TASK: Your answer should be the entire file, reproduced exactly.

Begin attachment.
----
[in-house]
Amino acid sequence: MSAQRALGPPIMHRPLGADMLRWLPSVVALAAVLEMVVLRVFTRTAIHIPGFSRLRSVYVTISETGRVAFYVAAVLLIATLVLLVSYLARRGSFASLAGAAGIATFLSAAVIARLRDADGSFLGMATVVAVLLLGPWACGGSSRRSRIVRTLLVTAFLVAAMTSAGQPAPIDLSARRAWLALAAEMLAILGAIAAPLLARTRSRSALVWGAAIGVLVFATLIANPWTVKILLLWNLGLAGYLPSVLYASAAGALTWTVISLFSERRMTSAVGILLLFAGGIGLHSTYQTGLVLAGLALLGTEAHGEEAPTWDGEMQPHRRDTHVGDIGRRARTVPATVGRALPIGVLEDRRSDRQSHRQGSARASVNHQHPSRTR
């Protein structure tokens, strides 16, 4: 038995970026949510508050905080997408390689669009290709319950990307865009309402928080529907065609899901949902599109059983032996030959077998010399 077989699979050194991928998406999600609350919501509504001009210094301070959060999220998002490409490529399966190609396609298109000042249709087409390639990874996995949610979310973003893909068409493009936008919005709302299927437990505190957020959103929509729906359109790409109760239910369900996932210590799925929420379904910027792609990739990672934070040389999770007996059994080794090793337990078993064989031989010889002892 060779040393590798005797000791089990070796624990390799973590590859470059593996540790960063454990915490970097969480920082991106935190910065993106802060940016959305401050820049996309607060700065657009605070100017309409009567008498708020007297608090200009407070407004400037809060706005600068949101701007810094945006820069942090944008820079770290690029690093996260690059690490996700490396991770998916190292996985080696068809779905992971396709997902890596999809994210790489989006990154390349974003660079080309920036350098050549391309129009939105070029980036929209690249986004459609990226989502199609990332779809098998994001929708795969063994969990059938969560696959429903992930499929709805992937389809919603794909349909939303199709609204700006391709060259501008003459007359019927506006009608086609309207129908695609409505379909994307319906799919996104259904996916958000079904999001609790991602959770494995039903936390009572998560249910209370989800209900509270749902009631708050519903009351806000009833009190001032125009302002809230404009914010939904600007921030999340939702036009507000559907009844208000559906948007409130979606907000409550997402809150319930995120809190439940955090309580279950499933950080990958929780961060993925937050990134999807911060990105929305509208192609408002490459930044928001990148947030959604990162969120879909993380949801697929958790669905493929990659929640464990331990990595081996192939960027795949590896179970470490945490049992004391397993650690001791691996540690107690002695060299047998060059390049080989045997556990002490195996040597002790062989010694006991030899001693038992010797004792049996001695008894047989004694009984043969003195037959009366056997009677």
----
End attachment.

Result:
[in-house]
Amino acid sequence: MSAQRALGPPIMHRPLGADMLRWLPSVVALAAVLEMVVLRVFTRTAIHIPGFSRLRSVYVTISETGRVAFYVAAVLLIATLVLLVSYLARRGSFASLAGAAGIATFLSAAVIARLRDADGSFLGMATVVAVLLLGPWACGGSSRRSRIVRTLLVTAFLVAAMTSAGQPAPIDLSARRAWLALAAEMLAILGAIAAPLLARTRSRSALVWGAAIGVLVFATLIANPWTVKILLLWNLGLAGYLPSVLYASAAGALTWTVISLFSERRMTSAVGILLLFAGGIGLHSTYQTGLVLAGLALLGTEAHGEEAPTWDGEMQPHRRDTHVGDIGRRARTVPATVGRALPIGVLEDRRSDRQSHRQGSARASVNHQHPSRTR
């Protein structure tokens, strides 16, 4: 038995970026949510508050905080997408390689669009290709319950990307865009309402928080529907065609899901949902599109059983032996030959077998010399 077989699979050194991928998406999600609350919501509504001009210094301070959060999220998002490409490529399966190609396609298109000042249709087409390639990874996995949610979310973003893909068409493009936008919005709302299927437990505190957020959103929509729906359109790409109760239910369900996932210590799925929420379904910027792609990739990672934070040389999770007996059994080794090793337990078993064989031989010889002892 060779040393590798005797000791089990070796624990390799973590590859470059593996540790960063454990915490970097969480920082991106935190910065993106802060940016959305401050820049996309607060700065657009605070100017309409009567008498708020007297608090200009407070407004400037809060706005600068949101701007810094945006820069942090944008820079770290690029690093996260690059690490996700490396991770998916190292996985080696068809779905992971396709997902890596999809994210790489989006990154390349974003660079080309920036350098050549391309129009939105070029980036929209690249986004459609990226989502199609990332779809098998994001929708795969063994969990059938969560696959429903992930499929709805992937389809919603794909349909939303199709609204700006391709060259501008003459007359019927506006009608086609309207129908695609409505379909994307319906799919996104259904996916958000079904999001609790991602959770494995039903936390009572998560249910209370989800209900509270749902009631708050519903009351806000009833009190001032125009302002809230404009914010939904600007921030999340939702036009507000559907009844208000559906948007409130979606907000409550997402809150319930995120809190439940955090309580279950499933950080990958929780961060993925937050990134999807911060990105929305509208192609408002490459930044928001990148947030959604990162969120879909993380949801697929958790669905493929990659929640464990331990990595081996192939960027795949590896179970470490945490049992004391397993650690001791691996540690107690002695060299047998060059390049080989045997556990002490195996040597002790062989010694006991030899001693038992010797004792049996001695008894047989004694009984043969003195037959009366056997009677």